13 December 2009
Stemmer Weighs in on Grammar
Chomsky objected, on grounds of method, vocabulary, and grammar.
In 1970, Kenneth MacCorquodale replied on Skinner's behalf, and seems to have done a better job on the issues of method and vocabulary than on the issue of grammar, which many had seen from the start as the heart of Chomsky's critique (and is certainly the heart of his own professional work as a linguist). Grammars consist of very complex structures, and in his view our ability as humans to acquire this structure can not be explained as the result of a process of generalization. For example: Children who already know the sentence "The man who is tall is in the room" easily learn that the way to turn that into a question is this: "Is the man who is tall in the room?"
If behavioralism is right, Chomsky thinks, children would at least sometimes make the mistake of asking, "Is the man who tall is in the room?" It is often the case that when turning a statement into a question, we transfer the occurrence of the word "is" to the start of the corresponding question. "The tall man is here" becomes "Is the tall man here" and so forth. Following that practice mechanically, simply generalizing it, could produce mistakes like the italicized sentence above. "Children make many mistakes in language learning," Chomsky says, but never that one.
So our story comes to 1990, when Nathan Stemmer wrote his own reply to Chomsky.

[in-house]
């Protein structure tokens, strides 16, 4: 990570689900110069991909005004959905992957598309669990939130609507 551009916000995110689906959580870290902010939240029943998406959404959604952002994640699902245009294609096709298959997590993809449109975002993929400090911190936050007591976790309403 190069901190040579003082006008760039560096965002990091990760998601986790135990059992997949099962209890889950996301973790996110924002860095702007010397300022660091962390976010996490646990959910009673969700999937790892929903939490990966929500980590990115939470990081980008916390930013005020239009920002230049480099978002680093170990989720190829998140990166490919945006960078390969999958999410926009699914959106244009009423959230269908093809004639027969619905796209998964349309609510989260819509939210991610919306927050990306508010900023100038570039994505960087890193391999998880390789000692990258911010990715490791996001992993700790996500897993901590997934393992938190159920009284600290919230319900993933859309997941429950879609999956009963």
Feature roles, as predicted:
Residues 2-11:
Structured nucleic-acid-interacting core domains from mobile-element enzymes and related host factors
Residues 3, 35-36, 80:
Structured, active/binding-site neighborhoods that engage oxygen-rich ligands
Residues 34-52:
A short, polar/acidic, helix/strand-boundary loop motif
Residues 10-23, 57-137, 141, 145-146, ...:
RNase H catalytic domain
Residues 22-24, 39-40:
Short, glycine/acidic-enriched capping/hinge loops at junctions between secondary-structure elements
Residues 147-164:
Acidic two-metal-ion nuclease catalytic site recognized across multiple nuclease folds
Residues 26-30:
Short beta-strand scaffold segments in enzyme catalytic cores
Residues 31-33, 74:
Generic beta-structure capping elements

Stemmer replies that behavioralists don't have to expect children to treat the word "is" in isolation and generalize its moves in such a way. Children, rather, likely learn the active sentence pattern first "X is Y," and latter generalize it over time to learn substructures, so that "X" might include the word "is" internally.
Consider, then, "The man who is tall is in the room." The phrase "The man who is tall" is X in the old "X is Y" pattern. The second appearance of the word "is" then becomes the copula -- the one that connects X with the Y of "in the room." Generalization, then, Stemmer says, "does not simply transform certain word sequences into other word sequences but rather certain structures into other structures," and does so without importing a Chomskian machine-shop into the brain. Is [the man who is tall] in the room. Voila.
So (you might ask after all of this) what is my view? As a curious amateur, on-looker, and stand-up philosopher I have to say I think both sides are wrong. I do think that the Skinnerians are right to distrust the presumption of human uniqueness that runs through Chomsky's work. And I side with them (and the whole empirical tradition) against innate ideas, even grammatical ones. Stemmer's contention that we don't need innate ideas to understand how statements can be transformed into questions within a natural language seems to me sound. On the other hand, the Skinnerians' materialistic, reductive philosophy is repugnant on its own account.
William James used to refer to himself as squeezed between the "upper and the lower dogmatisms," between the positivists and the Hegelians of his day. It is always thus. Closer to our time, Skinner has revived the role of W.K. Clifford and Chomsky is writing like one of those "priggish Hegelians" on the top side of the two dogmatisms.
Next weekend I hope to return to these issues from another angle.
Knowledge is warranted belief -- it is the body of belief that we build up because, while living in this world, we've developed good reasons for believing it. What we know, then, is what works -- and it is, necessarily, what has worked for us, each of us individually, as a first approximation. For my other blog, on the struggles for control in the corporate suites, see www.proxypartisans.blogspot.com.